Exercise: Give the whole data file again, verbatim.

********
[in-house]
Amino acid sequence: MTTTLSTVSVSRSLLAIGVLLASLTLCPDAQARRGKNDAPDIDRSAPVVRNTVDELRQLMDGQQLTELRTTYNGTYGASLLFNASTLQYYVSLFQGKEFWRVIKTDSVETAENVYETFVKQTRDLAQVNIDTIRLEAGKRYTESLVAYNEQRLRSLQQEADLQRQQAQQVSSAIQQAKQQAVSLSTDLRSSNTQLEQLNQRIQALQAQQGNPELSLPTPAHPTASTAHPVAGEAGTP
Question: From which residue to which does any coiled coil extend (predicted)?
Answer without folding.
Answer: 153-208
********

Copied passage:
[in-house]
Amino acid sequence: MTTTLSTVSVSRSLLAIGVLLASLTLCPDAQARRGKNDAPDIDRSAPVVRNTVDELRQLMDGQQLTELRTTYNGTYGASLLFNASTLQYYVSLFQGKEFWRVIKTDSVETAENVYETFVKQTRDLAQVNIDTIRLEAGKRYTESLVAYNEQRLRSLQQEADLQRQQAQQVSSAIQQAKQQAVSLSTDLRSSNTQLEQLNQRIQALQAQQGNPELSLPTPAHPTASTAHPVAGEAGTP
Question: From which residue to which does any coiled coil extend (predicted)?
Answer without folding.
Answer: 153-208